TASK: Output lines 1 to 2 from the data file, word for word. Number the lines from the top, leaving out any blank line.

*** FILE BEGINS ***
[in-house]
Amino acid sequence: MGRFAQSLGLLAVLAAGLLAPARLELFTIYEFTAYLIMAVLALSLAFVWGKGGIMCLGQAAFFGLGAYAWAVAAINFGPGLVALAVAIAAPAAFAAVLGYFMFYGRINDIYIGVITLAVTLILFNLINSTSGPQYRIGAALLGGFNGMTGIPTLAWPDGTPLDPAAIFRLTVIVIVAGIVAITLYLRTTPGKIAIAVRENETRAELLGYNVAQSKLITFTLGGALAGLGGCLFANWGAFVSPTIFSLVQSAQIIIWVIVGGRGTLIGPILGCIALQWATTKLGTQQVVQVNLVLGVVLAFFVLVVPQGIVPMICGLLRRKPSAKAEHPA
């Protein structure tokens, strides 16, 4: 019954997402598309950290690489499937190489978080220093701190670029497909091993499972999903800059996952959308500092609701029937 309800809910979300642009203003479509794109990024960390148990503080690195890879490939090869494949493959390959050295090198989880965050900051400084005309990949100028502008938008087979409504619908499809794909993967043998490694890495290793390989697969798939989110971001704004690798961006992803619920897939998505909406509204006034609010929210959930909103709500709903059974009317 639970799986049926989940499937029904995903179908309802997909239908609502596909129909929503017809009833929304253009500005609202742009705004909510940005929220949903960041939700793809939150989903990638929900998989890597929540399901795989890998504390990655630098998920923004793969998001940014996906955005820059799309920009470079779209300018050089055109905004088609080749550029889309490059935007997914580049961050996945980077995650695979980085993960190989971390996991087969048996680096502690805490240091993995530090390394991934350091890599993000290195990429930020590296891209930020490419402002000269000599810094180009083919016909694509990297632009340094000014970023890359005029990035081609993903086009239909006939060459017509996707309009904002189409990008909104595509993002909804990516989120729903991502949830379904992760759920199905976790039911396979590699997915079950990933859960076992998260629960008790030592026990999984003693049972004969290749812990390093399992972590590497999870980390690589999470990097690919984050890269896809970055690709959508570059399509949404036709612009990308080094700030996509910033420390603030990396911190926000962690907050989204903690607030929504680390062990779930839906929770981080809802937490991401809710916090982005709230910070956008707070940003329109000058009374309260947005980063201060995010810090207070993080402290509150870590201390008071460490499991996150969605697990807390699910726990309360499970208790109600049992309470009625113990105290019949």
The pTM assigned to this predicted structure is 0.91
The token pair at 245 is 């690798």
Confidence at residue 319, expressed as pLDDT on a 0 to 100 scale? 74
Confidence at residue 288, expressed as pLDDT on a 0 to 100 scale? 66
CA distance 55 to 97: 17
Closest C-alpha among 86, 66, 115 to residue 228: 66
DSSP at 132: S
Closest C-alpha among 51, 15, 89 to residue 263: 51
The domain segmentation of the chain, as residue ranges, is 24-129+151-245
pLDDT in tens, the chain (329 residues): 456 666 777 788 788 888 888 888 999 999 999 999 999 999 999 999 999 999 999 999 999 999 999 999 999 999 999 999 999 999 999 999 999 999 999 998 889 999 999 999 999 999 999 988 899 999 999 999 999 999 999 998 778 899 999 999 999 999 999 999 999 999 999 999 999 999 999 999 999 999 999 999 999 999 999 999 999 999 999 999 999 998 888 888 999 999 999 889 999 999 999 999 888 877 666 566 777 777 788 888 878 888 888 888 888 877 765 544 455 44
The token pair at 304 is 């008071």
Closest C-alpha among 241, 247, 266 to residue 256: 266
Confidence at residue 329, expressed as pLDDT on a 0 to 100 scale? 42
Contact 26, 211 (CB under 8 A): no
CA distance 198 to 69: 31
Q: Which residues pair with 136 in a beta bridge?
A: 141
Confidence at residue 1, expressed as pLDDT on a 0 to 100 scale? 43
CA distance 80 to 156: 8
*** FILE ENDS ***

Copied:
[in-house]
Amino acid sequence: MGRFAQSLGLLAVLAAGLLAPARLELFTIYEFTAYLIMAVLALSLAFVWGKGGIMCLGQAAFFGLGAYAWAVAAINFGPGLVALAVAIAAPAAFAAVLGYFMFYGRINDIYIGVITLAVTLILFNLINSTSGPQYRIGAALLGGFNGMTGIPTLAWPDGTPLDPAAIFRLTVIVIVAGIVAITLYLRTTPGKIAIAVRENETRAELLGYNVAQSKLITFTLGGALAGLGGCLFANWGAFVSPTIFSLVQSAQIIIWVIVGGRGTLIGPILGCIALQWATTKLGTQQVVQVNLVLGVVLAFFVLVVPQGIVPMICGLLRRKPSAKAEHPA